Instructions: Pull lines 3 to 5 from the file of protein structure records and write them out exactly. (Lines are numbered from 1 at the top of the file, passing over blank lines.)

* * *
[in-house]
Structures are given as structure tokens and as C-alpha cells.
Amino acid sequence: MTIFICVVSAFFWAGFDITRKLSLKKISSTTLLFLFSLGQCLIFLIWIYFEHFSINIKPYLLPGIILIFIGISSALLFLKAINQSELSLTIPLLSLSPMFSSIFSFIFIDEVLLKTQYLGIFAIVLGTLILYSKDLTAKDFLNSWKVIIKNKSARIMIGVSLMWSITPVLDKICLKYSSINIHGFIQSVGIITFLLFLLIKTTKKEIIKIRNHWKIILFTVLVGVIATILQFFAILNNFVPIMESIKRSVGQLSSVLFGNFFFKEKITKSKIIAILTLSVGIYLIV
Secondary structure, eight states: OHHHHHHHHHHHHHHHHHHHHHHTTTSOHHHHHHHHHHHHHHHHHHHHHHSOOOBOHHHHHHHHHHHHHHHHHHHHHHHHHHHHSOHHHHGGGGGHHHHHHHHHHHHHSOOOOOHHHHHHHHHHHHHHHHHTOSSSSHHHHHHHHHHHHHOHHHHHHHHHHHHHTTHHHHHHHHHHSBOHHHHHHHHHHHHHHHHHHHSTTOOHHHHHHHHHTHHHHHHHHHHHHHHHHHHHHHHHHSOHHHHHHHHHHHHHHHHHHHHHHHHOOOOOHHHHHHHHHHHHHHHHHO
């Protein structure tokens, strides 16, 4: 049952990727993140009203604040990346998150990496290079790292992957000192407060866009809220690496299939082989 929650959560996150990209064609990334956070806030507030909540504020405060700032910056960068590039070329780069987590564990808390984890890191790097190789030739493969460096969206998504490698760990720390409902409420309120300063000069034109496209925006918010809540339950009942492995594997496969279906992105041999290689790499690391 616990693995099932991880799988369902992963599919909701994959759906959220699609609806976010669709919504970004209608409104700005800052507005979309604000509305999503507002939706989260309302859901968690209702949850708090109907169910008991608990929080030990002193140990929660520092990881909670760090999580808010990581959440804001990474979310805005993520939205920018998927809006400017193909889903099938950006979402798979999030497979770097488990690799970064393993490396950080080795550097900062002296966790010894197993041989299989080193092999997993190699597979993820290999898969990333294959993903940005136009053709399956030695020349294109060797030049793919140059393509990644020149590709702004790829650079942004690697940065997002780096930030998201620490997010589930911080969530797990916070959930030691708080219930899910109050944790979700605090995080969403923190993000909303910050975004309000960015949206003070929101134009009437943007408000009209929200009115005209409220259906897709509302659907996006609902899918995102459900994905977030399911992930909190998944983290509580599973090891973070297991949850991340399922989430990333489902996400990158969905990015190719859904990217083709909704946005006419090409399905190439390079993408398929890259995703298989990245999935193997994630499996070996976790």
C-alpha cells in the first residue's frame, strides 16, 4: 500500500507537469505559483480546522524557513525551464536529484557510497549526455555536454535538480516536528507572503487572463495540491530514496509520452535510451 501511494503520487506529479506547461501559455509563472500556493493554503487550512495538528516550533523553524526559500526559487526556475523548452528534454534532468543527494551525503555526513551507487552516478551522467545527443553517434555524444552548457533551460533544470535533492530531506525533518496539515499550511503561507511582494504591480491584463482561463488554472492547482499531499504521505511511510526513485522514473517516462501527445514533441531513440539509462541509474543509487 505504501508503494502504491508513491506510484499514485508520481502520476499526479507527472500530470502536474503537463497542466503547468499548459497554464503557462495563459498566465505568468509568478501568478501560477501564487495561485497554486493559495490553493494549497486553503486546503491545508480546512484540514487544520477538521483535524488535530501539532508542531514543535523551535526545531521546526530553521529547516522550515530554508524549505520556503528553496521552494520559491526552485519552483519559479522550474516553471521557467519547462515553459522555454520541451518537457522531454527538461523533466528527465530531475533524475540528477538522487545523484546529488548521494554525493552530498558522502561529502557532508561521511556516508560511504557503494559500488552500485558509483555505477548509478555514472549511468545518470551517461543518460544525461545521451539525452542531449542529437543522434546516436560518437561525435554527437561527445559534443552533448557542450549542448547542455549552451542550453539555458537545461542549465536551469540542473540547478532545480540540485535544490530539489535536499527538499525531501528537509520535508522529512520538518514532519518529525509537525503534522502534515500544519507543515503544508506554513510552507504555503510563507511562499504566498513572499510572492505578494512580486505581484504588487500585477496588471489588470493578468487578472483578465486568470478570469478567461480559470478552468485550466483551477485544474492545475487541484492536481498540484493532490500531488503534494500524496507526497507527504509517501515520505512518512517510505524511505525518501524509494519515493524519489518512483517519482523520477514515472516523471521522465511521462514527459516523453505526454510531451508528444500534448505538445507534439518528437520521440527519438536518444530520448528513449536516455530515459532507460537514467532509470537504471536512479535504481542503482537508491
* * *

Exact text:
Amino acid sequence: MTIFICVVSAFFWAGFDITRKLSLKKISSTTLLFLFSLGQCLIFLIWIYFEHFSINIKPYLLPGIILIFIGISSALLFLKAINQSELSLTIPLLSLSPMFSSIFSFIFIDEVLLKTQYLGIFAIVLGTLILYSKDLTAKDFLNSWKVIIKNKSARIMIGVSLMWSITPVLDKICLKYSSINIHGFIQSVGIITFLLFLLIKTTKKEIIKIRNHWKIILFTVLVGVIATILQFFAILNNFVPIMESIKRSVGQLSSVLFGNFFFKEKITKSKIIAILTLSVGIYLIV
Secondary structure, eight states: OHHHHHHHHHHHHHHHHHHHHHHTTTSOHHHHHHHHHHHHHHHHHHHHHHSOOOBOHHHHHHHHHHHHHHHHHHHHHHHHHHHHSOHHHHGGGGGHHHHHHHHHHHHHSOOOOOHHHHHHHHHHHHHHHHHTOSSSSHHHHHHHHHHHHHOHHHHHHHHHHHHHTTHHHHHHHHHHSBOHHHHHHHHHHHHHHHHHHHSTTOOHHHHHHHHHTHHHHHHHHHHHHHHHHHHHHHHHHSOHHHHHHHHHHHHHHHHHHHHHHHHOOOOOHHHHHHHHHHHHHHHHHO
């Protein structure tokens, strides 16, 4: 049952990727993140009203604040990346998150990496290079790292992957000192407060866009809220690496299939082989 929650959560996150990209064609990334956070806030507030909540504020405060700032910056960068590039070329780069987590564990808390984890890191790097190789030739493969460096969206998504490698760990720390409902409420309120300063000069034109496209925006918010809540339950009942492995594997496969279906992105041999290689790499690391 616990693995099932991880799988369902992963599919909701994959759906959220699609609806976010669709919504970004209608409104700005800052507005979309604000509305999503507002939706989260309302859901968690209702949850708090109907169910008991608990929080030990002193140990929660520092990881909670760090999580808010990581959440804001990474979310805005993520939205920018998927809006400017193909889903099938950006979402798979999030497979770097488990690799970064393993490396950080080795550097900062002296966790010894197993041989299989080193092999997993190699597979993820290999898969990333294959993903940005136009053709399956030695020349294109060797030049793919140059393509990644020149590709702004790829650079942004690697940065997002780096930030998201620490997010589930911080969530797990916070959930030691708080219930899910109050944790979700605090995080969403923190993000909303910050975004309000960015949206003070929101134009009437943007408000009209929200009115005209409220259906897709509302659907996006609902899918995102459900994905977030399911992930909190998944983290509580599973090891973070297991949850991340399922989430990333489902996400990158969905990015190719859904990217083709909704946005006419090409399905190439390079993408398929890259995703298989990245999935193997994630499996070996976790």